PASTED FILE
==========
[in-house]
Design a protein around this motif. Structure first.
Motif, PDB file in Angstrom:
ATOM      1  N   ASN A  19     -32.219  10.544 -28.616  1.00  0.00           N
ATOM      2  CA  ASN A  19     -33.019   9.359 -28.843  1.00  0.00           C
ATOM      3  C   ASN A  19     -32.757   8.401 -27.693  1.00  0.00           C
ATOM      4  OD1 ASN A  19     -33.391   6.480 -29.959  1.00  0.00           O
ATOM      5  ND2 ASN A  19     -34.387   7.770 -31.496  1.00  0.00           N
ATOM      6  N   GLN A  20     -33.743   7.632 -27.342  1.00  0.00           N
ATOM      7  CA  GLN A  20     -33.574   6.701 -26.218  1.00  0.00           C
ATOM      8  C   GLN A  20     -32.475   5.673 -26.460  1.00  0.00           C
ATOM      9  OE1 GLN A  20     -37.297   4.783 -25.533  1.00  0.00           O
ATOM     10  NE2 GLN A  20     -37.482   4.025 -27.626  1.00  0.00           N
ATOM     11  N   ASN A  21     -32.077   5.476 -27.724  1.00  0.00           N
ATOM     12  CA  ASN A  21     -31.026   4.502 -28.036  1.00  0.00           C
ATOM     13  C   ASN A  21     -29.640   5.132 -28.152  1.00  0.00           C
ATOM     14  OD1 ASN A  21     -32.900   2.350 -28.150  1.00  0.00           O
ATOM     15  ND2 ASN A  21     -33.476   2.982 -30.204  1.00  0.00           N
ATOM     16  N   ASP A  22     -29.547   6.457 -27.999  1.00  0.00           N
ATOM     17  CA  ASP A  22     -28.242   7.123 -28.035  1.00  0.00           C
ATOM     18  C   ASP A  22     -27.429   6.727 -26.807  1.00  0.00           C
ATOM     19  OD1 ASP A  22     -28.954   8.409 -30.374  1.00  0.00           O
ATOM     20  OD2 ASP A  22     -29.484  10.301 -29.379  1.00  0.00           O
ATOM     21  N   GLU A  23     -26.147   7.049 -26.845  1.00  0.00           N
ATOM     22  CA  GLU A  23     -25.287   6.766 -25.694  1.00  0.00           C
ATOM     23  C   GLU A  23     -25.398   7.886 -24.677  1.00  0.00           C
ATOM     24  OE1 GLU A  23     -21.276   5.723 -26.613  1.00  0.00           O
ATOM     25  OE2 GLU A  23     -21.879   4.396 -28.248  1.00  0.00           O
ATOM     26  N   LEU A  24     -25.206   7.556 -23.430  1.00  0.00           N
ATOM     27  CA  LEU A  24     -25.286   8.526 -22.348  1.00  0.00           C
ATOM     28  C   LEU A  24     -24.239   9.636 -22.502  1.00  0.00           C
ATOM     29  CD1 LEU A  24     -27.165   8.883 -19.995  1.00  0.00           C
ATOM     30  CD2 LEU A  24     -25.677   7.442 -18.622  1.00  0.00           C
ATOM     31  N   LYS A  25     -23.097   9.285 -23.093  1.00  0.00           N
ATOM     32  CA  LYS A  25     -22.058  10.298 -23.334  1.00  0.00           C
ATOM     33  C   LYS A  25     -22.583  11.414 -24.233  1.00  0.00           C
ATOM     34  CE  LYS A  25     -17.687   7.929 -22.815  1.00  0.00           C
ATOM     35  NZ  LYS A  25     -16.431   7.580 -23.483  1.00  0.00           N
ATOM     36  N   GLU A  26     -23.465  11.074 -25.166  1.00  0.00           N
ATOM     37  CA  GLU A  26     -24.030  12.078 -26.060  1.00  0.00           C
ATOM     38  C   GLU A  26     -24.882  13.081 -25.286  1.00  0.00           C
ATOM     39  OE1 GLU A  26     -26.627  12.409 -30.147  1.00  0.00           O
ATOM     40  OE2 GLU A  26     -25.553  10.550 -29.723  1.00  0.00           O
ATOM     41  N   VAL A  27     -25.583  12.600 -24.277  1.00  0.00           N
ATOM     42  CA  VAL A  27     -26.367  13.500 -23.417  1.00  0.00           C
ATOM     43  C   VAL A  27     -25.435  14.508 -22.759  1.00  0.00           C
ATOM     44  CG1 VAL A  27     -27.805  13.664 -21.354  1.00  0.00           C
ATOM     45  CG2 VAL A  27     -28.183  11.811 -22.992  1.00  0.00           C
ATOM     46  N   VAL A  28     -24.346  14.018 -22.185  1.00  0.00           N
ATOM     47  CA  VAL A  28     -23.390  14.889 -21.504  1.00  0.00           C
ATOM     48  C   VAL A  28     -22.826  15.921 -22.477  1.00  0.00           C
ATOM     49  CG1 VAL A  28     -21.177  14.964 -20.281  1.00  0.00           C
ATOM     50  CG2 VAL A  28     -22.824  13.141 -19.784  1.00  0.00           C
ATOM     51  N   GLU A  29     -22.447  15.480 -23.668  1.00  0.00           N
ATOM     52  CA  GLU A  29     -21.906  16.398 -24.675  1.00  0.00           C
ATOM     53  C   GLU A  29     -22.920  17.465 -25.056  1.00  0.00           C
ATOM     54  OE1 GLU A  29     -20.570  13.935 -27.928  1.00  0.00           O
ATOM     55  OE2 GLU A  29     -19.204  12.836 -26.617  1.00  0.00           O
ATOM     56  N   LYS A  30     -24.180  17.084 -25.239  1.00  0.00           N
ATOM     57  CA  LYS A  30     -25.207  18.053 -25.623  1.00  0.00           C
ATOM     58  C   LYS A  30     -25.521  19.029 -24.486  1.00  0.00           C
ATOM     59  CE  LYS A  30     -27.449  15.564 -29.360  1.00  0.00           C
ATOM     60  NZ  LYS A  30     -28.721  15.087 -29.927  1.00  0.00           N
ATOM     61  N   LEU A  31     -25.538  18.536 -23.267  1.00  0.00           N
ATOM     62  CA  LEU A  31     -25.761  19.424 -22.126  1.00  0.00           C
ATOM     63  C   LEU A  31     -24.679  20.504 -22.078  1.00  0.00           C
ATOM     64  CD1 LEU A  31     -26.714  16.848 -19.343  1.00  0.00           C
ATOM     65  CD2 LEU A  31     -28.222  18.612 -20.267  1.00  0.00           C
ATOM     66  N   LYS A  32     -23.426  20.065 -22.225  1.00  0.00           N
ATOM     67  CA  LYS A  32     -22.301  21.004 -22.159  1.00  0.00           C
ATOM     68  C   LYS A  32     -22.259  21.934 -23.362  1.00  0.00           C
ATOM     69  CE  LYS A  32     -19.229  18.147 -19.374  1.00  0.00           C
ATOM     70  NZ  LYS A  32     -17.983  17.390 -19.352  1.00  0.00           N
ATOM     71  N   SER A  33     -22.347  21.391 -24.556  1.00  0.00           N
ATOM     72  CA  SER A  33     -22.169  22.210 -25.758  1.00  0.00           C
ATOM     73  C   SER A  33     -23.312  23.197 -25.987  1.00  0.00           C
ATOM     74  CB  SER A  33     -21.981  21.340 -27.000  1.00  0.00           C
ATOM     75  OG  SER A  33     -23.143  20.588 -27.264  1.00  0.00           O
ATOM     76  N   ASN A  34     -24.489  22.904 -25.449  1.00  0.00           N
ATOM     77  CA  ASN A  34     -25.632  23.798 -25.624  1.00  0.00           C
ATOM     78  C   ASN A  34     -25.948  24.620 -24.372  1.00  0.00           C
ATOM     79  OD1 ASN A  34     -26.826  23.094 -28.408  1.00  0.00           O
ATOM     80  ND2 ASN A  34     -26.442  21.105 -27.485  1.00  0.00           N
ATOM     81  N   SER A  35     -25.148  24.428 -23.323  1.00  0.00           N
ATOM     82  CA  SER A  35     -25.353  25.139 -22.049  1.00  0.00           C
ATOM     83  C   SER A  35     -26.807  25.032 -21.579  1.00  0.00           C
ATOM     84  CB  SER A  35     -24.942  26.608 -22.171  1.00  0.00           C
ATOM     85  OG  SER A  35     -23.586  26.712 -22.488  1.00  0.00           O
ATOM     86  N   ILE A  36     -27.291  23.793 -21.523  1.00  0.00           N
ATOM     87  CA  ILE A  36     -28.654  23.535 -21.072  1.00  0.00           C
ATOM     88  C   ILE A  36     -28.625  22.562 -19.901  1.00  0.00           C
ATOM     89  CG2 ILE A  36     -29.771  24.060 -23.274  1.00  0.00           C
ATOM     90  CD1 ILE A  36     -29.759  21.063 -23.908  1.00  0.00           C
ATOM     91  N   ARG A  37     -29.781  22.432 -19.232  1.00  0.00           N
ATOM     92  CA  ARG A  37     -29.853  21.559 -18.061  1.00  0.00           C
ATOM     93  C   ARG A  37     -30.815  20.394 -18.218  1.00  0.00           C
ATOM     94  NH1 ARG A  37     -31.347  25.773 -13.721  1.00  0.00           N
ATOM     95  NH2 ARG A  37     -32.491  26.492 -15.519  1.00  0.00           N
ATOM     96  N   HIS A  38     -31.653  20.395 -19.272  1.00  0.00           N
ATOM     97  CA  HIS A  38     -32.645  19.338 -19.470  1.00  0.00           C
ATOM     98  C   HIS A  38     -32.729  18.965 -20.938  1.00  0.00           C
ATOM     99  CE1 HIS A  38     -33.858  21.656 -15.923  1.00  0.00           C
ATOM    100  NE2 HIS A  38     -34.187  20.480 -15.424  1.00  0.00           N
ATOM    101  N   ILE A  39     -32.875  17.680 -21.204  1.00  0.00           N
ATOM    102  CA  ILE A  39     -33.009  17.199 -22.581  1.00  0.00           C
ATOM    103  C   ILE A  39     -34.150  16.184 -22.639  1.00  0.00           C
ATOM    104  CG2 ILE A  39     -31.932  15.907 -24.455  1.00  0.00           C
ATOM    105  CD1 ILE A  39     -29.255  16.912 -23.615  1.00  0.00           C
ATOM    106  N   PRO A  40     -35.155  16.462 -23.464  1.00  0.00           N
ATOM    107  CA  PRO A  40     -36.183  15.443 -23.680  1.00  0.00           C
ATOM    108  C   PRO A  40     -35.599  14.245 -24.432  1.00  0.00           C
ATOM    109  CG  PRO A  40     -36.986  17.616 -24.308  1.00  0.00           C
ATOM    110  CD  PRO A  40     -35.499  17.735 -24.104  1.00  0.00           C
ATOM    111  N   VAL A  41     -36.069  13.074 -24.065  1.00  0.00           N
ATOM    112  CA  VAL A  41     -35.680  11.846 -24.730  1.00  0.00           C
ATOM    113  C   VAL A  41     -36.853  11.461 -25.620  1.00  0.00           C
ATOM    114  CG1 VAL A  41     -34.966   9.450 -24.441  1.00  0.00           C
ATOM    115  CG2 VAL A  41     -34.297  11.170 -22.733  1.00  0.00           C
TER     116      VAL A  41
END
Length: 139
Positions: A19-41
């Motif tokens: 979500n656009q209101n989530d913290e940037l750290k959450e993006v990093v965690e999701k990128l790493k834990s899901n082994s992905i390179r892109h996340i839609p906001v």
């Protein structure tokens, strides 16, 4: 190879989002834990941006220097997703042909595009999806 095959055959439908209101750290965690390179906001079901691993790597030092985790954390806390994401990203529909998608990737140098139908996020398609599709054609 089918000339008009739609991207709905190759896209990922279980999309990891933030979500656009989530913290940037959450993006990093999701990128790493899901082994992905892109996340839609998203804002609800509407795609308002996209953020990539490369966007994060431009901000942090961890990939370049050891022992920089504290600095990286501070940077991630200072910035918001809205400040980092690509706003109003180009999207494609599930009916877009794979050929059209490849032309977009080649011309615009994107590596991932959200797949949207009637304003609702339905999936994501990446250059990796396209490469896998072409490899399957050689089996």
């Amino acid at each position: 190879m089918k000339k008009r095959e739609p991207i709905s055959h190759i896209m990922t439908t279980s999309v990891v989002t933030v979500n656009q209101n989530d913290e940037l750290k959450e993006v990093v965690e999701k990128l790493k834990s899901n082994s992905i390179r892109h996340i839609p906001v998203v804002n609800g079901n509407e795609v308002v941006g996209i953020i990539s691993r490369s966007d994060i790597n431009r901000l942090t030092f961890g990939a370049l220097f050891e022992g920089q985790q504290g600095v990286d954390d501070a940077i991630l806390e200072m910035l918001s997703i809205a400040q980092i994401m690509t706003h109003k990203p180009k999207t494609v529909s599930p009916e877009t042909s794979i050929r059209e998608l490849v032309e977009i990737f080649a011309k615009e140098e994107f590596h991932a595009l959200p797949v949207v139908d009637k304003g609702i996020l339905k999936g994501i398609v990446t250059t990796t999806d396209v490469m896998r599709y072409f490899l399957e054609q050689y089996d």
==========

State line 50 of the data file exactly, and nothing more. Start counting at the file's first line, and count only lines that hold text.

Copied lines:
ATOM     47  CA  VAL A  28     -23.390  14.889 -21.504  1.00  0.00           C